Two Ways to Protect Yourself From Rising Interest Rates
By now, I am sure that you are familiar with the inverse relationship between bond prices and interest rates. When interest rates go down, as the have the past few years, bond prices go up. When interest rates go up, as they are now, bond prices go down. During the down market of 2000 to 2002, many investors loaded up on bonds for the safety vs. stocks. With interest rates increasing, many people are now seeing the value of their bond portfolios eroding. For them, there are two ways to enjoy the relative safety of bonds while protecting themselves from rising interest rates, stable value funds and bank loan funds.
Stable Value Funds
Anyone who has ever had a 401k plan is probably familiar with stable value funds. Just like traditional bond funds, these funds invest in a variety of bonds. They then take the extra step of purchasing insurance to prevent the share price from decreasing. Because of the insurance protection, the value of the fund will not go down, regardless of what interest rates do. The flipside is that if interest rates go down, these funds will lag traditional bond fund because of the insurance cost. Historically, these funds have only been available in 401k plans, but they are now available to all investors through mutual funds.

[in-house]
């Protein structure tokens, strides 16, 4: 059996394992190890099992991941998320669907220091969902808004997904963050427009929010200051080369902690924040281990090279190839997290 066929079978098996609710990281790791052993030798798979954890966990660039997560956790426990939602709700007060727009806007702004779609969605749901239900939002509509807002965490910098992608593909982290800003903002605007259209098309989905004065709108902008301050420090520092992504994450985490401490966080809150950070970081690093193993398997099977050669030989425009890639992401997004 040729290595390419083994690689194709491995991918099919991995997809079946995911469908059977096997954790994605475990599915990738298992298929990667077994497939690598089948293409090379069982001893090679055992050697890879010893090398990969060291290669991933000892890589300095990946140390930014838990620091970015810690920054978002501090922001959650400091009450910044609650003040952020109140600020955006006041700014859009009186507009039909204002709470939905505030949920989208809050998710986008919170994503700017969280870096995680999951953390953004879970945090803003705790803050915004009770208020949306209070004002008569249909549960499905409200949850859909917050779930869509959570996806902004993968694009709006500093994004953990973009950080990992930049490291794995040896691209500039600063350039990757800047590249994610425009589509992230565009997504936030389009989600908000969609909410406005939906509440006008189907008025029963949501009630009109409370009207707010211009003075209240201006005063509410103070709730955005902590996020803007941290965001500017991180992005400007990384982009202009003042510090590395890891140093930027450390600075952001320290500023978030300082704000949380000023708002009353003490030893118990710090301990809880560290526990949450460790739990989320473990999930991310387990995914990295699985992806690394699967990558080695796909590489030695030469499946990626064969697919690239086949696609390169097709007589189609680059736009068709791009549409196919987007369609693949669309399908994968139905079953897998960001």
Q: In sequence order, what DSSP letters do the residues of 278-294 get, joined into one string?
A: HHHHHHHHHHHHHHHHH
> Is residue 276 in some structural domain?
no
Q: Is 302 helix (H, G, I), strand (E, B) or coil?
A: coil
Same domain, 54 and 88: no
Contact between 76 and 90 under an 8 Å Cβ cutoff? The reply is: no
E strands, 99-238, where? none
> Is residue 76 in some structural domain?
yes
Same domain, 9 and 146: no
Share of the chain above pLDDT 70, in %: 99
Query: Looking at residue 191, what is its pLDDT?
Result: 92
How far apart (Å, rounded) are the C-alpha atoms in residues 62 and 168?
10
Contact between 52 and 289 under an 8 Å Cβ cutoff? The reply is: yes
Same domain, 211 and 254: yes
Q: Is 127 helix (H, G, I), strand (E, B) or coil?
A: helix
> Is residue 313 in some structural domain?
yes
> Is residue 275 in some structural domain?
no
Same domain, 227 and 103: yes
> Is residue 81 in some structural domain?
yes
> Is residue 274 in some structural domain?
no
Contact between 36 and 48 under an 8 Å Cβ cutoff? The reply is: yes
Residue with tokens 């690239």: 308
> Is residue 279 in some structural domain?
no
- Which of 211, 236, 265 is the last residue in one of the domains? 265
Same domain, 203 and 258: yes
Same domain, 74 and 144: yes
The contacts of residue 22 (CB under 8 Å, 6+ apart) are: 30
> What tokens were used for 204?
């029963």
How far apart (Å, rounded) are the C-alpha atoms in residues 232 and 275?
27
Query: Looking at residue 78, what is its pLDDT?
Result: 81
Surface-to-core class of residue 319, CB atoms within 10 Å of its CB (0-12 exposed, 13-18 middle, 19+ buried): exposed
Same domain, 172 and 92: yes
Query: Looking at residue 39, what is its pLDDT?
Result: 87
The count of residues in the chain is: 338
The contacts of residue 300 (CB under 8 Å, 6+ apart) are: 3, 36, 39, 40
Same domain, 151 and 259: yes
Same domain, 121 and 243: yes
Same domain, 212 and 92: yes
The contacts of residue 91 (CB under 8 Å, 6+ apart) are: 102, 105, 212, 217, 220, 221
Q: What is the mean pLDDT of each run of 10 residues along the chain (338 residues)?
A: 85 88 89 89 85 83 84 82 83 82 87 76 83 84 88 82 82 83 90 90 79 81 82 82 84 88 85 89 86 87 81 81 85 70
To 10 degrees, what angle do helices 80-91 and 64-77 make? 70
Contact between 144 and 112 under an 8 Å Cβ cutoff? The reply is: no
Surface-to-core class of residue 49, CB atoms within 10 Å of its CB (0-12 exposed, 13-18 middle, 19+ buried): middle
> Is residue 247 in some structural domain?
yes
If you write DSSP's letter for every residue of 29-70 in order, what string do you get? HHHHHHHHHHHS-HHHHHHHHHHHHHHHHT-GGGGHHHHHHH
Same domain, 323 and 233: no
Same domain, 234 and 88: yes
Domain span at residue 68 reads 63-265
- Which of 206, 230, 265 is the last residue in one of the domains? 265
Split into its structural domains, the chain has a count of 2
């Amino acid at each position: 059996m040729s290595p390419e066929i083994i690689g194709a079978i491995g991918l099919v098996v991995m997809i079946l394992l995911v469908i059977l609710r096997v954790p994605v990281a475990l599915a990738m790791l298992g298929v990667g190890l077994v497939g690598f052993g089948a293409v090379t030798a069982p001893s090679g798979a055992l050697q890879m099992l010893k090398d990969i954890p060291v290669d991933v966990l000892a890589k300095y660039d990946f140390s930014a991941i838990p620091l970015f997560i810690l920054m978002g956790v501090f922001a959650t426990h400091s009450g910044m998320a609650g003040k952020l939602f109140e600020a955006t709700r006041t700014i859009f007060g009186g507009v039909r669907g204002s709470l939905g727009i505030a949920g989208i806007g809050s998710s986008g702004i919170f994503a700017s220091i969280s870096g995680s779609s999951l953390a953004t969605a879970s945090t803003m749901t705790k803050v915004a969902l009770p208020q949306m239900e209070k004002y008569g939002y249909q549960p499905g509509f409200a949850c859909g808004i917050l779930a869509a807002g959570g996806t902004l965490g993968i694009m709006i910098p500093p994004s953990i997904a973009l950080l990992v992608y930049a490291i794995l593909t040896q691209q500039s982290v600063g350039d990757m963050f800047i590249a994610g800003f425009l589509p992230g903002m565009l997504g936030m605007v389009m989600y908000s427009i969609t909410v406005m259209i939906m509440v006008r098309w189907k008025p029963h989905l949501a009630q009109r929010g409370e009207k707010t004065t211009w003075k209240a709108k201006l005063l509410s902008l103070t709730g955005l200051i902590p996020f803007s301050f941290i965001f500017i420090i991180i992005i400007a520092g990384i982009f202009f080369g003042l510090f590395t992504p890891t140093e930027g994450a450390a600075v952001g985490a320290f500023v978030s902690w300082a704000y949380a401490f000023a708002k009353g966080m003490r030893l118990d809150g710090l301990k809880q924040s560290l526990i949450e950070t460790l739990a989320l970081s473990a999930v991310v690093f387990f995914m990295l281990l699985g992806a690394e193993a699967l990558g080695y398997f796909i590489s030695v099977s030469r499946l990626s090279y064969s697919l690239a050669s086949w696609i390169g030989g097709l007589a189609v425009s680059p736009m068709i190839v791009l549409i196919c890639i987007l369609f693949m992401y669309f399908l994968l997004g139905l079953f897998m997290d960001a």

Bank Loan Funds
Bank loan funds, also known as prime rate or loan participation funds, invest in loans made by banks and other financial institutions to big corporations. The interest rates are floating and usually reset every 30 to 60 days. Because of that feature, the loans value tends not to decrease when interest rates increase. The loans that these funds invest in tend to be lower grade but are secured by the assets of the underlying company.
Another advantage of these types of funds is their low correlation to stock and bond markets. This could make them a valuable piece of a diversified portfolio.
Neither of these types of funds tends to be as liquid as traditional bond funds. Stable value funs usually impose a small redemption fee if the investor sells during the first 12 months. Bank loan funds often will only allow for redemptions and purchases on a quarterly basis.
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